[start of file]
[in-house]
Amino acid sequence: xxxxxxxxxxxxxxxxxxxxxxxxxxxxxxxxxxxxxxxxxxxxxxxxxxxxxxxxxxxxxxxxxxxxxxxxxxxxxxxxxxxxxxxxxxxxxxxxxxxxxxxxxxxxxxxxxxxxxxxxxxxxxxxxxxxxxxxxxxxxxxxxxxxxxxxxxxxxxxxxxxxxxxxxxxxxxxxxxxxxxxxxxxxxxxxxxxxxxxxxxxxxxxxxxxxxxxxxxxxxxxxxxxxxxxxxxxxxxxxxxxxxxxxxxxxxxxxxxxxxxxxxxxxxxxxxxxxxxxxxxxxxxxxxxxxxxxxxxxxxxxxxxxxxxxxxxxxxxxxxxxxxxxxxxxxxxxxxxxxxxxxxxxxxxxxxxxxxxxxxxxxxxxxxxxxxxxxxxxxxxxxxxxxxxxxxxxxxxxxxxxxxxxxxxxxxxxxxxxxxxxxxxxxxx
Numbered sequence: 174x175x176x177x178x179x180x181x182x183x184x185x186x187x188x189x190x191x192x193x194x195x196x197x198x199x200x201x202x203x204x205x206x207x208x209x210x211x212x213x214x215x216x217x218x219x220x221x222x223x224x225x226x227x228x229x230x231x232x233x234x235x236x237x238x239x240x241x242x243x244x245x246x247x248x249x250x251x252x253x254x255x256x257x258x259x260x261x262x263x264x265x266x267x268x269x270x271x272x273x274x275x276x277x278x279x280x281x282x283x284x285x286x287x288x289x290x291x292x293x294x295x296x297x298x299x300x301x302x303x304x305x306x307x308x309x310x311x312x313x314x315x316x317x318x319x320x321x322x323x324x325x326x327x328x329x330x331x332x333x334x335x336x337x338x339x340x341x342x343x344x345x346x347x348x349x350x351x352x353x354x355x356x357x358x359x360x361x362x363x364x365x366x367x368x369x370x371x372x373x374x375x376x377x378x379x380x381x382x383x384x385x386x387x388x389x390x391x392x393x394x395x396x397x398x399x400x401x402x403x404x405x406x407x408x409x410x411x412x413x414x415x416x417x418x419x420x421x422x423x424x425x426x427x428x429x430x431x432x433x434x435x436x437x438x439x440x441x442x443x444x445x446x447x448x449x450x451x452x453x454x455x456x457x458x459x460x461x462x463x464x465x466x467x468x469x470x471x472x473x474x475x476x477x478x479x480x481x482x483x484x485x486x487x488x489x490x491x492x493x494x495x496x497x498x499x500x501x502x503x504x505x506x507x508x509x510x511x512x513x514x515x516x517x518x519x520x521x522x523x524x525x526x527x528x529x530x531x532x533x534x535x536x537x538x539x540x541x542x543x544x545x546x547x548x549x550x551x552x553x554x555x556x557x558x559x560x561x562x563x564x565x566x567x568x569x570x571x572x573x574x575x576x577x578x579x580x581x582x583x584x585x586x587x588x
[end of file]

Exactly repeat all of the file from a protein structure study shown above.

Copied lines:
[in-house]
Amino acid sequence: xxxxxxxxxxxxxxxxxxxxxxxxxxxxxxxxxxxxxxxxxxxxxxxxxxxxxxxxxxxxxxxxxxxxxxxxxxxxxxxxxxxxxxxxxxxxxxxxxxxxxxxxxxxxxxxxxxxxxxxxxxxxxxxxxxxxxxxxxxxxxxxxxxxxxxxxxxxxxxxxxxxxxxxxxxxxxxxxxxxxxxxxxxxxxxxxxxxxxxxxxxxxxxxxxxxxxxxxxxxxxxxxxxxxxxxxxxxxxxxxxxxxxxxxxxxxxxxxxxxxxxxxxxxxxxxxxxxxxxxxxxxxxxxxxxxxxxxxxxxxxxxxxxxxxxxxxxxxxxxxxxxxxxxxxxxxxxxxxxxxxxxxxxxxxxxxxxxxxxxxxxxxxxxxxxxxxxxxxxxxxxxxxxxxxxxxxxxxxxxxxxxxxxxxxxxxxxxxxxxxxxxxxxxxx
Numbered sequence: 174x175x176x177x178x179x180x181x182x183x184x185x186x187x188x189x190x191x192x193x194x195x196x197x198x199x200x201x202x203x204x205x206x207x208x209x210x211x212x213x214x215x216x217x218x219x220x221x222x223x224x225x226x227x228x229x230x231x232x233x234x235x236x237x238x239x240x241x242x243x244x245x246x247x248x249x250x251x252x253x254x255x256x257x258x259x260x261x262x263x264x265x266x267x268x269x270x271x272x273x274x275x276x277x278x279x280x281x282x283x284x285x286x287x288x289x290x291x292x293x294x295x296x297x298x299x300x301x302x303x304x305x306x307x308x309x310x311x312x313x314x315x316x317x318x319x320x321x322x323x324x325x326x327x328x329x330x331x332x333x334x335x336x337x338x339x340x341x342x343x344x345x346x347x348x349x350x351x352x353x354x355x356x357x358x359x360x361x362x363x364x365x366x367x368x369x370x371x372x373x374x375x376x377x378x379x380x381x382x383x384x385x386x387x388x389x390x391x392x393x394x395x396x397x398x399x400x401x402x403x404x405x406x407x408x409x410x411x412x413x414x415x416x417x418x419x420x421x422x423x424x425x426x427x428x429x430x431x432x433x434x435x436x437x438x439x440x441x442x443x444x445x446x447x448x449x450x451x452x453x454x455x456x457x458x459x460x461x462x463x464x465x466x467x468x469x470x471x472x473x474x475x476x477x478x479x480x481x482x483x484x485x486x487x488x489x490x491x492x493x494x495x496x497x498x499x500x501x502x503x504x505x506x507x508x509x510x511x512x513x514x515x516x517x518x519x520x521x522x523x524x525x526x527x528x529x530x531x532x533x534x535x536x537x538x539x540x541x542x543x544x545x546x547x548x549x550x551x552x553x554x555x556x557x558x559x560x561x562x563x564x565x566x567x568x569x570x571x572x573x574x575x576x577x578x579x580x581x582x583x584x585x586x587x588x